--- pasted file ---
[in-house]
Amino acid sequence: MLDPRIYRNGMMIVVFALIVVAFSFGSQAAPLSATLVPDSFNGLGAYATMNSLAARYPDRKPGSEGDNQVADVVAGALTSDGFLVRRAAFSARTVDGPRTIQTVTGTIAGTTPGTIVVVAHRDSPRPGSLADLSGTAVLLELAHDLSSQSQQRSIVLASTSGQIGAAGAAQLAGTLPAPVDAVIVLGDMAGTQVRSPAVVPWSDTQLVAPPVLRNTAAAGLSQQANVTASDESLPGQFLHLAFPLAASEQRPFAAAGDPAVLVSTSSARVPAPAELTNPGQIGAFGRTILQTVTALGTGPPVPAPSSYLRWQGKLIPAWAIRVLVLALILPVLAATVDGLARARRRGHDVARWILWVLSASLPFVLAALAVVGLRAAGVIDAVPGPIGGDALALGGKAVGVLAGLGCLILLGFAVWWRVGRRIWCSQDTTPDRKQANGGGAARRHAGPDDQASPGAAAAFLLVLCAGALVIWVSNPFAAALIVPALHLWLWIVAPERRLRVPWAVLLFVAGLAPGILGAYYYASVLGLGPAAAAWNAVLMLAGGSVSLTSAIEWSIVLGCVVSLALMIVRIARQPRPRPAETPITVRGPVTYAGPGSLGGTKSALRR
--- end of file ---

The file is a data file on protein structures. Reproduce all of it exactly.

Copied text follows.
[in-house]
Amino acid sequence: MLDPRIYRNGMMIVVFALIVVAFSFGSQAAPLSATLVPDSFNGLGAYATMNSLAARYPDRKPGSEGDNQVADVVAGALTSDGFLVRRAAFSARTVDGPRTIQTVTGTIAGTTPGTIVVVAHRDSPRPGSLADLSGTAVLLELAHDLSSQSQQRSIVLASTSGQIGAAGAAQLAGTLPAPVDAVIVLGDMAGTQVRSPAVVPWSDTQLVAPPVLRNTAAAGLSQQANVTASDESLPGQFLHLAFPLAASEQRPFAAAGDPAVLVSTSSARVPAPAELTNPGQIGAFGRTILQTVTALGTGPPVPAPSSYLRWQGKLIPAWAIRVLVLALILPVLAATVDGLARARRRGHDVARWILWVLSASLPFVLAALAVVGLRAAGVIDAVPGPIGGDALALGGKAVGVLAGLGCLILLGFAVWWRVGRRIWCSQDTTPDRKQANGGGAARRHAGPDDQASPGAAAAFLLVLCAGALVIWVSNPFAAALIVPALHLWLWIVAPERRLRVPWAVLLFVAGLAPGILGAYYYASVLGLGPAAAAWNAVLMLAGGSVSLTSAIEWSIVLGCVVSLALMIVRIARQPRPRPAETPITVRGPVTYAGPGSLGGTKSALRR